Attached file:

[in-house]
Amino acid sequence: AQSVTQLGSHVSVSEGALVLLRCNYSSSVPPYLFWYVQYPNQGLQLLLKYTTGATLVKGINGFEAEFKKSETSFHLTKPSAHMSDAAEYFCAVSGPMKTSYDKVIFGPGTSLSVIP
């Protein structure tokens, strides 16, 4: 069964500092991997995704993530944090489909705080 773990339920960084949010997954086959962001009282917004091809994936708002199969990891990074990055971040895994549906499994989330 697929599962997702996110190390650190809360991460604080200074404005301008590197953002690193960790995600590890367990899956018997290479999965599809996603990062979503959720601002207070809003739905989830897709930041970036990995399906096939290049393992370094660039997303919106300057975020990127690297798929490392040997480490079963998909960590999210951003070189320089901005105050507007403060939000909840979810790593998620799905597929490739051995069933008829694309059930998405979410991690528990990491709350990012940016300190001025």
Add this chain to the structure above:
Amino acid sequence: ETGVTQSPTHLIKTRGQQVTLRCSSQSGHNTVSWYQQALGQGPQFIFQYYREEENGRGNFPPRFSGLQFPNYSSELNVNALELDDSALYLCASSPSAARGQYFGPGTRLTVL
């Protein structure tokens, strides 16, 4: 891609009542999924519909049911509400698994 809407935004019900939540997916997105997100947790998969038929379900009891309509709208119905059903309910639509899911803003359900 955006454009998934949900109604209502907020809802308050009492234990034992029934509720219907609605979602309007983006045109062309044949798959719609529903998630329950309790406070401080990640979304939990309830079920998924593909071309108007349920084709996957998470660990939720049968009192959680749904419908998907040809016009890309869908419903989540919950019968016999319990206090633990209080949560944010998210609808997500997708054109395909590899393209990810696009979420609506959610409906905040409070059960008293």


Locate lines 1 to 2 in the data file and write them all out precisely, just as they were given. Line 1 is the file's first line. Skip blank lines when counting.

[in-house]
Amino acid sequence: AQSVTQLGSHVSVSEGALVLLRCNYSSSVPPYLFWYVQYPNQGLQLLLKYTTGATLVKGINGFEAEFKKSETSFHLTKPSAHMSDAAEYFCAVSGPMKTSYDKVIFGPGTSLSVIP